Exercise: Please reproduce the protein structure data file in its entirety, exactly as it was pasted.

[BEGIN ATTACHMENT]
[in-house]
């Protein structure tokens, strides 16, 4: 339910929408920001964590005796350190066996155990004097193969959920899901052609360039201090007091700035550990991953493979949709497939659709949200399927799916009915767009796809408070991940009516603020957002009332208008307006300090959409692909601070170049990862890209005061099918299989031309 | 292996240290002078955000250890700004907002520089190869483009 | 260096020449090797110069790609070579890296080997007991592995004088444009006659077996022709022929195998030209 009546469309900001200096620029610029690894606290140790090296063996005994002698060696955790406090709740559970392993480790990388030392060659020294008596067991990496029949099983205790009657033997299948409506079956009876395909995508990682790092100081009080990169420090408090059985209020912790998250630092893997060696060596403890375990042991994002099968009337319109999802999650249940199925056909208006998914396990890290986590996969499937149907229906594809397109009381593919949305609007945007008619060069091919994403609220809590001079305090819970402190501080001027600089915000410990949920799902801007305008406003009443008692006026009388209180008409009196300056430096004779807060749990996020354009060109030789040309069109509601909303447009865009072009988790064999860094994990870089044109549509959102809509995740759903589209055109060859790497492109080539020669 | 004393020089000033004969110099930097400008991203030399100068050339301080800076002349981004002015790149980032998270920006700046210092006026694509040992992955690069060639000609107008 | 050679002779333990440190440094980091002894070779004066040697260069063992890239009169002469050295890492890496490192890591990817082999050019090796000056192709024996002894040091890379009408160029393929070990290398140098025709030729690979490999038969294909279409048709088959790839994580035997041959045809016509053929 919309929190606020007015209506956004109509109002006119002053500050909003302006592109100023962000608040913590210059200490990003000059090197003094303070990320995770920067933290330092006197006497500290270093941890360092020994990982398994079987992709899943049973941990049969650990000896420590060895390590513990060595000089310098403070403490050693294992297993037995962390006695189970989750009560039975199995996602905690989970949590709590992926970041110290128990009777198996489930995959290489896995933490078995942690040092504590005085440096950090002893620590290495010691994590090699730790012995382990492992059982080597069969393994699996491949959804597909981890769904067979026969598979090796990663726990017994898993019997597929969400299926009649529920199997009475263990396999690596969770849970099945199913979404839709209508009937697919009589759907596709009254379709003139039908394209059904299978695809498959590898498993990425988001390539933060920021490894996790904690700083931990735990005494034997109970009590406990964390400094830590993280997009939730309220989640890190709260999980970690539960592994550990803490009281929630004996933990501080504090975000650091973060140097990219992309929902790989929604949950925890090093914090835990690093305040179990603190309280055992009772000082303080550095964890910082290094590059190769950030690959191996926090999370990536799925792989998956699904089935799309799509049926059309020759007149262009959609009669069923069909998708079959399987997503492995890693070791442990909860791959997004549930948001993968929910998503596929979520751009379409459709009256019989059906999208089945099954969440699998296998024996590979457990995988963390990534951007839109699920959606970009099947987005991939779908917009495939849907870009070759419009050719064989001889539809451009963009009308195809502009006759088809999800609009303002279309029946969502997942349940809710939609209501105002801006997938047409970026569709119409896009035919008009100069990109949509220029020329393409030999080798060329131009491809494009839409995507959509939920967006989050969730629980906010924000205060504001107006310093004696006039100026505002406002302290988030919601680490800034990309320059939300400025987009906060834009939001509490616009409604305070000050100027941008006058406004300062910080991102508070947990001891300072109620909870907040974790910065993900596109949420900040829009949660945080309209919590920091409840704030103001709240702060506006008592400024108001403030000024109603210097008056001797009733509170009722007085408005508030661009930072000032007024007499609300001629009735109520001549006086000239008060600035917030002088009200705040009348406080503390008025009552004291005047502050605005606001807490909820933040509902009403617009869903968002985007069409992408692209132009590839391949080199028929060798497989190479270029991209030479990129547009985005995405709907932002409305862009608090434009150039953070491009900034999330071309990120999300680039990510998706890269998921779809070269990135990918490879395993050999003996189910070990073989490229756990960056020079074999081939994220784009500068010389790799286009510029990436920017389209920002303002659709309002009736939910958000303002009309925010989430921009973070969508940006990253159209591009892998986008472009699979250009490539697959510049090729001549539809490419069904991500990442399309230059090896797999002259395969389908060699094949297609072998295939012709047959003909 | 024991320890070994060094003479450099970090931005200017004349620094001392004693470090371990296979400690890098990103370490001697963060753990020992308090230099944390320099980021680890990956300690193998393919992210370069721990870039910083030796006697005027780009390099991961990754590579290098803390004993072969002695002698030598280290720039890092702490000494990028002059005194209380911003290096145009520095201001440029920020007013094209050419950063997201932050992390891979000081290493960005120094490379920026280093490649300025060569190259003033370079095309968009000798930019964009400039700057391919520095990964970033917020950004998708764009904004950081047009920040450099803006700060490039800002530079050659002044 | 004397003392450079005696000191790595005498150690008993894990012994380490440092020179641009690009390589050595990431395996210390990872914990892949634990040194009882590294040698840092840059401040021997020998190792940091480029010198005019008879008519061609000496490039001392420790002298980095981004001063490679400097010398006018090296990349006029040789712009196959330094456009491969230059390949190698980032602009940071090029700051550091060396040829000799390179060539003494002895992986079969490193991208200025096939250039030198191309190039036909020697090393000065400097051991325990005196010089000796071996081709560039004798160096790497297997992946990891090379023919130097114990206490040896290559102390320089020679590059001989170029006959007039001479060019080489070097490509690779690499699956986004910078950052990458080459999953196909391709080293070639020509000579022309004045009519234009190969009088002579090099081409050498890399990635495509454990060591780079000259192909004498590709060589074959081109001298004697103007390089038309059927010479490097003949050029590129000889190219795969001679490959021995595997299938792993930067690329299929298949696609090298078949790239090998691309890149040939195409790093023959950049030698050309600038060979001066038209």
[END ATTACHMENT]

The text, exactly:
[in-house]
């Protein structure tokens, strides 16, 4: 339910929408920001964590005796350190066996155990004097193969959920899901052609360039201090007091700035550990991953493979949709497939659709949200399927799916009915767009796809408070991940009516603020957002009332208008307006300090959409692909601070170049990862890209005061099918299989031309 | 292996240290002078955000250890700004907002520089190869483009 | 260096020449090797110069790609070579890296080997007991592995004088444009006659077996022709022929195998030209 009546469309900001200096620029610029690894606290140790090296063996005994002698060696955790406090709740559970392993480790990388030392060659020294008596067991990496029949099983205790009657033997299948409506079956009876395909995508990682790092100081009080990169420090408090059985209020912790998250630092893997060696060596403890375990042991994002099968009337319109999802999650249940199925056909208006998914396990890290986590996969499937149907229906594809397109009381593919949305609007945007008619060069091919994403609220809590001079305090819970402190501080001027600089915000410990949920799902801007305008406003009443008692006026009388209180008409009196300056430096004779807060749990996020354009060109030789040309069109509601909303447009865009072009988790064999860094994990870089044109549509959102809509995740759903589209055109060859790497492109080539020669 | 004393020089000033004969110099930097400008991203030399100068050339301080800076002349981004002015790149980032998270920006700046210092006026694509040992992955690069060639000609107008 | 050679002779333990440190440094980091002894070779004066040697260069063992890239009169002469050295890492890496490192890591990817082999050019090796000056192709024996002894040091890379009408160029393929070990290398140098025709030729690979490999038969294909279409048709088959790839994580035997041959045809016509053929 919309929190606020007015209506956004109509109002006119002053500050909003302006592109100023962000608040913590210059200490990003000059090197003094303070990320995770920067933290330092006197006497500290270093941890360092020994990982398994079987992709899943049973941990049969650990000896420590060895390590513990060595000089310098403070403490050693294992297993037995962390006695189970989750009560039975199995996602905690989970949590709590992926970041110290128990009777198996489930995959290489896995933490078995942690040092504590005085440096950090002893620590290495010691994590090699730790012995382990492992059982080597069969393994699996491949959804597909981890769904067979026969598979090796990663726990017994898993019997597929969400299926009649529920199997009475263990396999690596969770849970099945199913979404839709209508009937697919009589759907596709009254379709003139039908394209059904299978695809498959590898498993990425988001390539933060920021490894996790904690700083931990735990005494034997109970009590406990964390400094830590993280997009939730309220989640890190709260999980970690539960592994550990803490009281929630004996933990501080504090975000650091973060140097990219992309929902790989929604949950925890090093914090835990690093305040179990603190309280055992009772000082303080550095964890910082290094590059190769950030690959191996926090999370990536799925792989998956699904089935799309799509049926059309020759007149262009959609009669069923069909998708079959399987997503492995890693070791442990909860791959997004549930948001993968929910998503596929979520751009379409459709009256019989059906999208089945099954969440699998296998024996590979457990995988963390990534951007839109699920959606970009099947987005991939779908917009495939849907870009070759419009050719064989001889539809451009963009009308195809502009006759088809999800609009303002279309029946969502997942349940809710939609209501105002801006997938047409970026569709119409896009035919008009100069990109949509220029020329393409030999080798060329131009491809494009839409995507959509939920967006989050969730629980906010924000205060504001107006310093004696006039100026505002406002302290988030919601680490800034990309320059939300400025987009906060834009939001509490616009409604305070000050100027941008006058406004300062910080991102508070947990001891300072109620909870907040974790910065993900596109949420900040829009949660945080309209919590920091409840704030103001709240702060506006008592400024108001403030000024109603210097008056001797009733509170009722007085408005508030661009930072000032007024007499609300001629009735109520001549006086000239008060600035917030002088009200705040009348406080503390008025009552004291005047502050605005606001807490909820933040509902009403617009869903968002985007069409992408692209132009590839391949080199028929060798497989190479270029991209030479990129547009985005995405709907932002409305862009608090434009150039953070491009900034999330071309990120999300680039990510998706890269998921779809070269990135990918490879395993050999003996189910070990073989490229756990960056020079074999081939994220784009500068010389790799286009510029990436920017389209920002303002659709309002009736939910958000303002009309925010989430921009973070969508940006990253159209591009892998986008472009699979250009490539697959510049090729001549539809490419069904991500990442399309230059090896797999002259395969389908060699094949297609072998295939012709047959003909 | 024991320890070994060094003479450099970090931005200017004349620094001392004693470090371990296979400690890098990103370490001697963060753990020992308090230099944390320099980021680890990956300690193998393919992210370069721990870039910083030796006697005027780009390099991961990754590579290098803390004993072969002695002698030598280290720039890092702490000494990028002059005194209380911003290096145009520095201001440029920020007013094209050419950063997201932050992390891979000081290493960005120094490379920026280093490649300025060569190259003033370079095309968009000798930019964009400039700057391919520095990964970033917020950004998708764009904004950081047009920040450099803006700060490039800002530079050659002044 | 004397003392450079005696000191790595005498150690008993894990012994380490440092020179641009690009390589050595990431395996210390990872914990892949634990040194009882590294040698840092840059401040021997020998190792940091480029010198005019008879008519061609000496490039001392420790002298980095981004001063490679400097010398006018090296990349006029040789712009196959330094456009491969230059390949190698980032602009940071090029700051550091060396040829000799390179060539003494002895992986079969490193991208200025096939250039030198191309190039036909020697090393000065400097051991325990005196010089000796071996081709560039004798160096790497297997992946990891090379023919130097114990206490040896290559102390320089020679590059001989170029006959007039001479060019080489070097490509690779690499699956986004910078950052990458080459999953196909391709080293070639020509000579022309004045009519234009190969009088002579090099081409050498890399990635495509454990060591780079000259192909004498590709060589074959081109001298004697103007390089038309059927010479490097003949050029590129000889190219795969001679490959021995595997299938792993930067690329299929298949696609090298078949790239090998691309890149040939195409790093023959950049030698050309600038060979001066038209």